Untangling the Reality of Attention Measurement

by | Jun 18, 2024

Thanks to the explosion of digital media, consumers see thousands of ads a day. Paying attention to that many ads is downright impossible. At the same time, the traditional “purchase funnel” is collapsing, with some purchase decisions made in a split-second or less, and others taking months while a consumer floats in a stage of “constant consideration.” So some creative requires intense amounts of attention to drive a sale – and other ads, very little at all.

Attention – and standardizing the measurement of it – is of growing importance in the advertising industry. In an Infillion-hosted panel at Cannes Lions, “Why It’s Time To Get Real About Attention In Advertising,” moderator Carryl Pierre-Drews, EVP and CMO at the IAB, explained the industry trade group’s new attention task force and why it was put into place. Should attention measurement be rooted in biometric signals, like eye tracking? Or in how long an interactive ad was engaged with? All of those are relevant, according to the IAB.

The panel came in conjunction with the release of Infillion’s latest research report, “Eyes Wide Shut: Traversing The Attention Spectrum.” This report found that advertisers face an uphill battle in capturing attention, given that 90% of consumers say that they have strategies for avoiding ads. 

“Experiential attention is the way to really think about it,” Infillion chief revenue officer Laurel Rossi said on the panel. In its new report, Infillion defines experiential attention as “earned, active, and engaged attention.” That’s a big change from the in-your-face, unwanted attention that has characterized many loud and flashy ads over the course of digital advertising’s history – grabbing a consumer’s focus whether they want to focus on it or not.


The Attention Paradox

For one, advertisers need to keep in mind that attention isn’t actually their end game. Panelist Marc Guldimann, CEO of attention measurement company Adelaide, put it plainly: “The point of advertising isn’t to capture attention, it’s to drive business outcomes.” He cited research from the ARF that found that the ads that captured the longest duration of attention weren’t actually the most effective ads.

This is, in part, because “people pay more attention to things they aren’t familiar with,” Guldimann said. But it’s also because attention doesn’t inherently lead to a sale.

“Focusing solely on attention is going to kill your ROI. It’s going to kill your reach,” said Soren Godfrey, global chief investment officer at Initiative agency Rufus. “It’s one of many factors that we consider.”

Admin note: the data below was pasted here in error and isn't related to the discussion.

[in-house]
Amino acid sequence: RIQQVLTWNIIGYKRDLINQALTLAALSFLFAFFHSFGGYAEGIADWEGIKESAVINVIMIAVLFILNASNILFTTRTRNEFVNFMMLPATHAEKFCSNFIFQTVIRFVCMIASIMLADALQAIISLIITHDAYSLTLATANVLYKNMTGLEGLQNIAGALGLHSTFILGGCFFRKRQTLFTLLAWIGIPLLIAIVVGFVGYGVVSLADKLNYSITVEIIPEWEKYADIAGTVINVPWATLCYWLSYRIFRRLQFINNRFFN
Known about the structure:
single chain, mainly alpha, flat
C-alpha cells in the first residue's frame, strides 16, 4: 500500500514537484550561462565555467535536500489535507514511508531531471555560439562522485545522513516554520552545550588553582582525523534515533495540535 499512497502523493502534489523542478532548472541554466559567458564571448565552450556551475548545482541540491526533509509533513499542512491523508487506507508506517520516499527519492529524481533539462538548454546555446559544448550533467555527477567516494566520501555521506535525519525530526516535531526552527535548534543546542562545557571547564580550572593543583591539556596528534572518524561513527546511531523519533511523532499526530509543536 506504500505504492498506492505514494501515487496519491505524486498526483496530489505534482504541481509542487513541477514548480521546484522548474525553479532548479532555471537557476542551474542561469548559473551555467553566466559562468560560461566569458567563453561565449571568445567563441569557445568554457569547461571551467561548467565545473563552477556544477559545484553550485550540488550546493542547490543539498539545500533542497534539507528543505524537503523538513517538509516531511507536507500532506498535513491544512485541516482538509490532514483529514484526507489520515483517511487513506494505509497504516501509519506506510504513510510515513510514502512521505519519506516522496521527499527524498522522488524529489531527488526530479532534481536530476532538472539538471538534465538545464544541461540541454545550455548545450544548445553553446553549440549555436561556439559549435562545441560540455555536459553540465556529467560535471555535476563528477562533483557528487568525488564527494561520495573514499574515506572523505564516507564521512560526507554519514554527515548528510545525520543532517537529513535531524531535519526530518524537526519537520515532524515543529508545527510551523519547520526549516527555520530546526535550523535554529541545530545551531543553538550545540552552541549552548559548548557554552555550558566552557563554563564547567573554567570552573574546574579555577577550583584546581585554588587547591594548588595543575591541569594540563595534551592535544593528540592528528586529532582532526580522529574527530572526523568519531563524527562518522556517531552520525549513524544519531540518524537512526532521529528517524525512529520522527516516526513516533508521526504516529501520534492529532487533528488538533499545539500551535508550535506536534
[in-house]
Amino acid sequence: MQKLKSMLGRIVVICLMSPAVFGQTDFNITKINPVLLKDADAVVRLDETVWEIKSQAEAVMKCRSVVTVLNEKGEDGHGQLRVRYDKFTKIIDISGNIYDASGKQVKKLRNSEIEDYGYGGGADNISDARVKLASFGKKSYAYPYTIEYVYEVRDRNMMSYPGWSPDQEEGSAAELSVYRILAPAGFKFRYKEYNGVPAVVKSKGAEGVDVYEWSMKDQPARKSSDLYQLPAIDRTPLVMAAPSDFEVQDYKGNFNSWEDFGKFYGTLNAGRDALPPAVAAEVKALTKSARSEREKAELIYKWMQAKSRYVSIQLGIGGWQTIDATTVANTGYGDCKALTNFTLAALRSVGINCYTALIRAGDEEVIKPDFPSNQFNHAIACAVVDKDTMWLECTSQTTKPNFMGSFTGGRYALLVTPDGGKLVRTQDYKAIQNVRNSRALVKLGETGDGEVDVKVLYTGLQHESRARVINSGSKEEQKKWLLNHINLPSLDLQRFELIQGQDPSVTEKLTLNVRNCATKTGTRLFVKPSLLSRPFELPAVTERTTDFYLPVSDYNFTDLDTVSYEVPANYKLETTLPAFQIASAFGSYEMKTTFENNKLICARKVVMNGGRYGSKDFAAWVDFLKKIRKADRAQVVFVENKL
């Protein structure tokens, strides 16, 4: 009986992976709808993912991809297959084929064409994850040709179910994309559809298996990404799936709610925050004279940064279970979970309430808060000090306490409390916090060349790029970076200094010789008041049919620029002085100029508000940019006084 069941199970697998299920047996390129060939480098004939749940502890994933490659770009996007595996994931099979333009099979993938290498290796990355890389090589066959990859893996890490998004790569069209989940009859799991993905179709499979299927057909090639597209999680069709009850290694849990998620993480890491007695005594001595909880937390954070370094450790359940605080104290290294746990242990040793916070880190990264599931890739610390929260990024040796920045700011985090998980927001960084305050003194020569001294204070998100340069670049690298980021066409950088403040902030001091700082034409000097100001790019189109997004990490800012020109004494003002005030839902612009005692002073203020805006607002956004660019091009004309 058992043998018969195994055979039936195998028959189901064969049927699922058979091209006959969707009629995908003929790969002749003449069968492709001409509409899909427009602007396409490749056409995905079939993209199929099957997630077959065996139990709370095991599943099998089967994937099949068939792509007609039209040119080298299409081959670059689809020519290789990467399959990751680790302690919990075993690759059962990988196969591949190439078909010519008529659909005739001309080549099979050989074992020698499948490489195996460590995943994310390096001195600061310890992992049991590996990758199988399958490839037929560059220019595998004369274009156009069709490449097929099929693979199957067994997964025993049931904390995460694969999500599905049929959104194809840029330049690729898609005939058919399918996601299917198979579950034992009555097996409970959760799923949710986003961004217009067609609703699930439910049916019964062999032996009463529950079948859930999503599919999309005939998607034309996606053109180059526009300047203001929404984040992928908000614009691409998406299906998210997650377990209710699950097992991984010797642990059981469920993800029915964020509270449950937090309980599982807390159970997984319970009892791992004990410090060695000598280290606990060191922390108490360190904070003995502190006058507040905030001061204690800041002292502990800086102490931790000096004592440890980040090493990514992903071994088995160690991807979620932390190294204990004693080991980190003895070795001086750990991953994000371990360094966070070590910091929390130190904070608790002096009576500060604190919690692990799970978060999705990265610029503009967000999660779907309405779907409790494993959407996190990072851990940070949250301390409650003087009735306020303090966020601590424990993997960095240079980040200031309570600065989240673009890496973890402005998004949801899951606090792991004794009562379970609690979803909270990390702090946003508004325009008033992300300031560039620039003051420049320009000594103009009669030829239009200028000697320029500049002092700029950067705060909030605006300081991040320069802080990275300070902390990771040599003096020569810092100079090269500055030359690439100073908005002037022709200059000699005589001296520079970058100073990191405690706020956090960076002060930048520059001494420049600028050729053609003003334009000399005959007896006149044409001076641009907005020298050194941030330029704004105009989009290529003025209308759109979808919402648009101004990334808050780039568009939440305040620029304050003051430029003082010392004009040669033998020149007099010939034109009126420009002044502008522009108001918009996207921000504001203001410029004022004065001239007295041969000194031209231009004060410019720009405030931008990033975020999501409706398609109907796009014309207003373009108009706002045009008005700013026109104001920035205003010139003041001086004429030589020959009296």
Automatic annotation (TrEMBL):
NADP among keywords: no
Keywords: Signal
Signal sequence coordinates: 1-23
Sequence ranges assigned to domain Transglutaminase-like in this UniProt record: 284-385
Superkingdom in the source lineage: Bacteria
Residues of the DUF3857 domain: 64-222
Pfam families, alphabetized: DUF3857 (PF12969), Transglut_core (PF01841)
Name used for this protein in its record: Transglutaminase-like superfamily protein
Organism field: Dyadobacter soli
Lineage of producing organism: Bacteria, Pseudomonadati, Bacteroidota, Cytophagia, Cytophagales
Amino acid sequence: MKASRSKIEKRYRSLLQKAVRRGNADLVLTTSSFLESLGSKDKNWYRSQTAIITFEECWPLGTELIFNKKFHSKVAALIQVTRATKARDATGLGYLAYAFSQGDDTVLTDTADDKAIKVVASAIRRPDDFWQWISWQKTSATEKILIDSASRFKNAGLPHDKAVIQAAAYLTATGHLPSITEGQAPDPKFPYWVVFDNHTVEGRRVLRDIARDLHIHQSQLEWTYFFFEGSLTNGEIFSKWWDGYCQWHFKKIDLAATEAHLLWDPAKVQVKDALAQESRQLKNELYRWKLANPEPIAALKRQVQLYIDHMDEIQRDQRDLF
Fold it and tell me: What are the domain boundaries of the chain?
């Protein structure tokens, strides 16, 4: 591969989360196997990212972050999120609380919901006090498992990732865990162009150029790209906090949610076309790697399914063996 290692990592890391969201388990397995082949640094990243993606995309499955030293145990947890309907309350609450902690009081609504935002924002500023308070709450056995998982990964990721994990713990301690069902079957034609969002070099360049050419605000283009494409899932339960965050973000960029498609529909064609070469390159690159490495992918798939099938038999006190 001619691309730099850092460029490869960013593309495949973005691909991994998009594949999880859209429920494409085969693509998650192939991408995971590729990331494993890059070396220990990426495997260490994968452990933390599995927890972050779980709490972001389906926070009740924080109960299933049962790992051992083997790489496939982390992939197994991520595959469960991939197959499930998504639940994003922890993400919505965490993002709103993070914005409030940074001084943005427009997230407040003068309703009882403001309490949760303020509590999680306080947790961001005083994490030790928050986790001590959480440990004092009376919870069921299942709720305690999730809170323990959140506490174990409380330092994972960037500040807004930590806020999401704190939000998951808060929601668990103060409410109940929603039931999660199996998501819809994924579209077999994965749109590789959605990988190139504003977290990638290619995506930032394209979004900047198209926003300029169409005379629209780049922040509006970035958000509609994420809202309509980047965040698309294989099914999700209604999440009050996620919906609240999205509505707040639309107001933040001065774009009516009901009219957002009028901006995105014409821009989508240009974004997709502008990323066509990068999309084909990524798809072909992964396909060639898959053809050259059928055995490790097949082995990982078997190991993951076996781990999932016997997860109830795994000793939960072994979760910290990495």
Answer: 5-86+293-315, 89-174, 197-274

But, still, attention measurement hasn’t yet found its way into all holistic advertising models. “What we’re thinking about is end-to-end business plans,” said Sophie Kelly, SVP of global tequila and mezcal categories at Diageo, representing the brand side of the industry on the panel. “What would really move it forward is if we started to think about attention in those end-to-end business plans.”


Standardizing the Conversation Around Attention

“Too often we’re having conversations about measuring attention and we’re not coming at it from the same angle with the same expectation,” Sophie Kelly said. 

Infillion’s Laurel Rossi brought up the concept of “metric bingo,” the idea that attention just adds another set (or multiple sets) of measurement criteria to an already-cluttered campaign metrics ecosystem. “I think everybody’s confused and the industry owes us some more education.”

One challenge is that many people in advertising assume they know what it means to get a consumer’s attention. That’s not enough to make it a sustainable success metric.

“Attention is intuitive,” Soren Godfrey said. “But that’s not enough for people to believe it and to use it as one of their north stars in planning, so [it’s crucial to be] proving out the link, making it a repeatable format, showing that it works, and planning for it to work down the road, [that] this is a front-end input that we are using.”


The Push for Premium

The panel was in agreement on the fact that getting high-quality attention often involves spending more money for premium placements or media environments with fewer ads. “Cheaper is not always better and there’s so much focus on efficiency in our business,” Rufus’ Soren Godfrey said, emphasizing the urgency to “optimize away from crappy ad formats.” “The quality is just so much more important than the efficiency…Spending a little bit more to get the right outcomes is really important.”

Adelaide’s Marc Guldimann added another advantage to focusing on premium media: “One of the most interesting ways to use attention metrics is to hold constant the quality of media. Once you hold constant the quality of media you can really understand if your creative’s working.”

Increasing the drumbeat that insists on high-quality attention – not just attention more broadly – can potentially push the industry out of that long standing insistence on efficiency at all costs.

“The metrics that advertisers use create incentives for the rest of the market,” Guldimann explained. “When advertisers go out in the market and say, ‘I want to buy high quality. I want to buy attention,’ it creates a positive feedback loop.” Publishers will explore formats and user interfaces that put fewer ads on screen at once. Consumers will get a better experience. 

And that, in turn, will improve the outlook in ROI for brands.


Follow along with Infillion’s Cannes Lions activation on our LinkedIn page.

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